How Imperva uses Amazon Athena for machine learning botnets detection
This is a guest post by Ori Nakar, Principal Engineer at Imperva. In their own words, “Imperva is a large cyber security company and an AWS Partner Network (APN) Advanced Technology Partner, who protects web applications and data assets. Imperva protects over 6,200 enterprises worldwide and many of them use Imperva Web Application Firewall (WAF) solutions to secure their public websites and other web assets.”
In this post, we explain how Imperva used Amazon Athena, Amazon SageMaker, and Amazon QuickSight to develop a machine learning (ML) clustering algorithm that can efficiently detect botnets attacking your infrastructure.
Athena is an interactive query service that makes it easy to analyze data in Amazon Simple Storage Service (Amazon S3) using standard SQL. Athena is serverless, easy to use, and makes it easy for anyone with SQL skills to quickly analyze large-scale datasets in multiple Regions.
Imperva Cloud WAF protects hundreds of thousands of websites and blocks billions of security events every day. Security events are correlated online into security narratives, and an innovative offline process enables you to detect botnets. Events, narratives, and many other security data types are stored in Imperva’s Threat Research multi-Region data lake.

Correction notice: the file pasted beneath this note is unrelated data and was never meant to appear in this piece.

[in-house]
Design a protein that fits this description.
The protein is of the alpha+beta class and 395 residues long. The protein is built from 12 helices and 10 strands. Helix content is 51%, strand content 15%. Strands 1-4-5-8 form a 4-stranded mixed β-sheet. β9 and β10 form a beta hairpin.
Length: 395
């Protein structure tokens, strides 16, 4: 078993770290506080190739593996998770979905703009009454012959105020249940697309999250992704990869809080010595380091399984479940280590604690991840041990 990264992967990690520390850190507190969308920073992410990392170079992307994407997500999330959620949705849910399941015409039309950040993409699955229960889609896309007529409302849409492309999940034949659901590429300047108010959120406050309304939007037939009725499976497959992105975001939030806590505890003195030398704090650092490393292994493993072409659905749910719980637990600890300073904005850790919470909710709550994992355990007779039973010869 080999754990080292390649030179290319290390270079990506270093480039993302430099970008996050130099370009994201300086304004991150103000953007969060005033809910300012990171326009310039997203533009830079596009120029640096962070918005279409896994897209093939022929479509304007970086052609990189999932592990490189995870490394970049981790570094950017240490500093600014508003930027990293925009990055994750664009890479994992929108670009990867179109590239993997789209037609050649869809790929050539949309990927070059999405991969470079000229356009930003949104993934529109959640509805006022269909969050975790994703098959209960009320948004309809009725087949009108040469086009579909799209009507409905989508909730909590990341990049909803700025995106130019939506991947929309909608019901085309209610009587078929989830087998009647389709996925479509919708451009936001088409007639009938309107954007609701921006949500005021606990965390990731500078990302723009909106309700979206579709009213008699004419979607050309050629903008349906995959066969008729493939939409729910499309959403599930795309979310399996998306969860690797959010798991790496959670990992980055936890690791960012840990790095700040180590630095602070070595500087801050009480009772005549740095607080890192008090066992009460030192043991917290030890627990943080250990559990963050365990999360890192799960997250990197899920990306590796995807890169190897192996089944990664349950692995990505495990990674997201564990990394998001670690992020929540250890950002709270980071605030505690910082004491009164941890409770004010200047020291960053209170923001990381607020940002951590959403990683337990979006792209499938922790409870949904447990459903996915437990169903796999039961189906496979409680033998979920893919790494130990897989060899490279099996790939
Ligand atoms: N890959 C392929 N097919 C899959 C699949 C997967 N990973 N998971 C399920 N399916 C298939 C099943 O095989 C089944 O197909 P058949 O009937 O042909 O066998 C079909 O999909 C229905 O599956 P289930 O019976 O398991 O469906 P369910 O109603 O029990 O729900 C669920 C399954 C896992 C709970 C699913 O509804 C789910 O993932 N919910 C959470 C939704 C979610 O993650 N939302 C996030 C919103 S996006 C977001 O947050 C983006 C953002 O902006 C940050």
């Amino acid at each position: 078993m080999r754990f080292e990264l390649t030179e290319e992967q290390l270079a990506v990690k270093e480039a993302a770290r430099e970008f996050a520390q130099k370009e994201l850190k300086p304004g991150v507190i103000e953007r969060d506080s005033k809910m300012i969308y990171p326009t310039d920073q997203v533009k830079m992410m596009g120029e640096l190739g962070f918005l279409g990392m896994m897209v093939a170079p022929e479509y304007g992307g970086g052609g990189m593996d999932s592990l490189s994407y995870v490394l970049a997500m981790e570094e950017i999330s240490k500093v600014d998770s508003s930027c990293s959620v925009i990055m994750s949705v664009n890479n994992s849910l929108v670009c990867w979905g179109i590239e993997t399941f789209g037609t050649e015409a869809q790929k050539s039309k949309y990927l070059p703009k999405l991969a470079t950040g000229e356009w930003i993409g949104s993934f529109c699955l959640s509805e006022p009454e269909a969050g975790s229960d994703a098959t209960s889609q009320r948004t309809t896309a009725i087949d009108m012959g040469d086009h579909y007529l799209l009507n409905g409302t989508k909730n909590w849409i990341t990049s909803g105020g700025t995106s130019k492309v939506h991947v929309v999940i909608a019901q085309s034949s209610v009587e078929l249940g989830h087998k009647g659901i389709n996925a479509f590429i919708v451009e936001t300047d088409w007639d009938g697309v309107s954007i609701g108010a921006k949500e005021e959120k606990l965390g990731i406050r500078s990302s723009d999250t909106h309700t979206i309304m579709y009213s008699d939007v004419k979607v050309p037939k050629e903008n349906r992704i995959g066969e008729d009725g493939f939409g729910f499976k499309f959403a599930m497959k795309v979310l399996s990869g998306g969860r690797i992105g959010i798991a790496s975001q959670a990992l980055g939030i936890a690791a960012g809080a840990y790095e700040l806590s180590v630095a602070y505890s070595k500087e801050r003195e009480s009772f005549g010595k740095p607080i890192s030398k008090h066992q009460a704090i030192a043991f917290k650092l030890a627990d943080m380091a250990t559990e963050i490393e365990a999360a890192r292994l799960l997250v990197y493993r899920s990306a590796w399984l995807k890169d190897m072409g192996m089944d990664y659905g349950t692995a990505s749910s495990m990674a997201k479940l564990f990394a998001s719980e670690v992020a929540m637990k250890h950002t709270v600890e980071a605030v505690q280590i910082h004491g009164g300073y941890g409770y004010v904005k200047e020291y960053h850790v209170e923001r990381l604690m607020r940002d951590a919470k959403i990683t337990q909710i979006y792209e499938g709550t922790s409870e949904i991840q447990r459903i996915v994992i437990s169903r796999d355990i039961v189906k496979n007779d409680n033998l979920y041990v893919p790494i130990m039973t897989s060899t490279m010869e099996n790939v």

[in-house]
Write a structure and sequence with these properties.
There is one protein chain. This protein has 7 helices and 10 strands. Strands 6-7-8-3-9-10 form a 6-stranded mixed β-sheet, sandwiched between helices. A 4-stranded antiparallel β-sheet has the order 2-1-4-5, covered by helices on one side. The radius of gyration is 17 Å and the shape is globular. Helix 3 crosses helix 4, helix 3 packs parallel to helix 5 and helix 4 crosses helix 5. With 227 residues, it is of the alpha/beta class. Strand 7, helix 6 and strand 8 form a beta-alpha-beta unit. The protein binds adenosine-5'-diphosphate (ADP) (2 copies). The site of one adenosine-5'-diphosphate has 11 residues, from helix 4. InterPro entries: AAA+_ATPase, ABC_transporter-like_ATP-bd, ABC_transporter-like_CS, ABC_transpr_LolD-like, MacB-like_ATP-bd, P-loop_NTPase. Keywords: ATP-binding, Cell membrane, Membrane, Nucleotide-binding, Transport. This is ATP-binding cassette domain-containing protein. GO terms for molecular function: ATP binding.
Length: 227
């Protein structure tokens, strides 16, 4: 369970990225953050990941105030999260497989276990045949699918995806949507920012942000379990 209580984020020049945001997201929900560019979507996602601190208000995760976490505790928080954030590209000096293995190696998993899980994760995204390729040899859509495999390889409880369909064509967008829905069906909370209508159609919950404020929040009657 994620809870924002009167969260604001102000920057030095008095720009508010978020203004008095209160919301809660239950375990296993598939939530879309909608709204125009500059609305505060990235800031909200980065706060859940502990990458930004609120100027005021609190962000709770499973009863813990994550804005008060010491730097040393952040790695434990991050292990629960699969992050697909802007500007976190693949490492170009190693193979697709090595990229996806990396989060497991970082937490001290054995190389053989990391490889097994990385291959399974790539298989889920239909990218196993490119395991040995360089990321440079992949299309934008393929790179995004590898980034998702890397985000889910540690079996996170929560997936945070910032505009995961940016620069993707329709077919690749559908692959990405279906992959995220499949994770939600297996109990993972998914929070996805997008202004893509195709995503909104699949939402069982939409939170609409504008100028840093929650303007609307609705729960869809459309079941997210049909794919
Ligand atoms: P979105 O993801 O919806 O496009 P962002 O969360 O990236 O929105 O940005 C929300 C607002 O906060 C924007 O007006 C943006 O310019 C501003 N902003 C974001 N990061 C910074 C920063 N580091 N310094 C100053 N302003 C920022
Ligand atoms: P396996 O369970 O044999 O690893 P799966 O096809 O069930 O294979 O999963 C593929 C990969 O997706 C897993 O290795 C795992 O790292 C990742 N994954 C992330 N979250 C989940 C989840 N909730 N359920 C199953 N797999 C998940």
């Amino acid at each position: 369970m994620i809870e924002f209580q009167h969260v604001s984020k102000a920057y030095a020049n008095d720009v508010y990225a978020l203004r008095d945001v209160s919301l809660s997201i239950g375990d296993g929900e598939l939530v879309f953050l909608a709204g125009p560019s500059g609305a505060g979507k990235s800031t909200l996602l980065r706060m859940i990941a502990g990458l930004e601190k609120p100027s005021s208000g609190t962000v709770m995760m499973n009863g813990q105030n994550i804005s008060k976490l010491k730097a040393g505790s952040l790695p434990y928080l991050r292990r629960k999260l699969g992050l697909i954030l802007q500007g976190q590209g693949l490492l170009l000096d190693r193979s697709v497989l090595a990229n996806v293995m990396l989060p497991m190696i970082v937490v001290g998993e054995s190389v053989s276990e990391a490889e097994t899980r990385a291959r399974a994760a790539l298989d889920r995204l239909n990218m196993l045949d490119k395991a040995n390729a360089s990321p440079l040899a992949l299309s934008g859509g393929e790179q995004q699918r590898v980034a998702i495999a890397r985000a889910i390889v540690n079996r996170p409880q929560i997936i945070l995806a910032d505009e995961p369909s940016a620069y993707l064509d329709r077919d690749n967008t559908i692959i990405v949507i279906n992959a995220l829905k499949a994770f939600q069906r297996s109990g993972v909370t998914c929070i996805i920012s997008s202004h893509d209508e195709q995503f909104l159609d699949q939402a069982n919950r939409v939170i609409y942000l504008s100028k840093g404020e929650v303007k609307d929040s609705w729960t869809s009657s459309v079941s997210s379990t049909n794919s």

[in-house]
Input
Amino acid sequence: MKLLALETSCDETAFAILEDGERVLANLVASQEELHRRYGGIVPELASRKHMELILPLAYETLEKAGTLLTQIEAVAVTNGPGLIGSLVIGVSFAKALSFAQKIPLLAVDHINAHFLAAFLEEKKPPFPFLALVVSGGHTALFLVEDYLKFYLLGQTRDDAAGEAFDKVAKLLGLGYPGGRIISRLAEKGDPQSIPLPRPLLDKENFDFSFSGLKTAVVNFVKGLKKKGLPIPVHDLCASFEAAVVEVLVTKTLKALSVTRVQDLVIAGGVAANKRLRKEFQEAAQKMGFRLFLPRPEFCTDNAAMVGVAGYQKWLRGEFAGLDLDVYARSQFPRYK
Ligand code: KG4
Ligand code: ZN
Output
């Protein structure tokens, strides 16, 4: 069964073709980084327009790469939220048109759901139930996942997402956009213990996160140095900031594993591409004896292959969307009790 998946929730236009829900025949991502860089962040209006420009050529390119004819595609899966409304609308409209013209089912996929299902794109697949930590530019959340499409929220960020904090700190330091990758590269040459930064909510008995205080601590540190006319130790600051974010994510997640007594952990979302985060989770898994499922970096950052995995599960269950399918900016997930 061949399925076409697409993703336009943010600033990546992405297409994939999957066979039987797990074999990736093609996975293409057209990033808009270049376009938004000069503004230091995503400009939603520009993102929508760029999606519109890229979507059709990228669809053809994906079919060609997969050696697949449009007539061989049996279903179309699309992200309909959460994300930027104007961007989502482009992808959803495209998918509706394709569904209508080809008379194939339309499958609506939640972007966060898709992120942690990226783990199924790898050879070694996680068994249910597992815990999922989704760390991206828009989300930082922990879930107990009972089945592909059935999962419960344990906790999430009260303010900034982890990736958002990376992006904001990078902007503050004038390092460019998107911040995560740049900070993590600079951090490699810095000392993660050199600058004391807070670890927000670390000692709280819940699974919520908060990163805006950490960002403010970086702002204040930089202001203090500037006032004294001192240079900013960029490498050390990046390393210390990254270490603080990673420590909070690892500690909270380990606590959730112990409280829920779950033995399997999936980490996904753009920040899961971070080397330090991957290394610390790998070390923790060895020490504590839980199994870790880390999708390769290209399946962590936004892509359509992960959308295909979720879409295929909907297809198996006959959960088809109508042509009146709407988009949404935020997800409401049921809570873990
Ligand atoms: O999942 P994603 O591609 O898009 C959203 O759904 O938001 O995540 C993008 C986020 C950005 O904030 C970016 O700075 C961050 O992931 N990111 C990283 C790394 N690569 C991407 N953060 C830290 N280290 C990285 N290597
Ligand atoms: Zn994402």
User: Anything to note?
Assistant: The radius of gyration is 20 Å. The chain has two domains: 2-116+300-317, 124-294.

Botnets and data flow
Botnets are internet connected devices that perform repetitive tasks, such as Distributed Denial of Service (DDoS). In many cases, these consumer devices are infected with malicious malware that is controlled by an external entity, often without the owner’s knowledge. Imperva botnet detection allows you to enhance your website’s security and get detailed information on botnet attacks and come up with ways to mitigate their impact.
The following is a visualization of a botnets attack map. Each botnet can be composed of tens to thousands of IPs, one or more source location, and one or more target locations, performing an attack such as DDoS, vulnerability scanning, and others.
The following diagram illustrates Imperva’s flow to detect botnets.
The remainder of this post dives into the process of developing the botnet detection capability and describes the AWS services Imperva uses to enable and accelerate it.
Botnet detection development process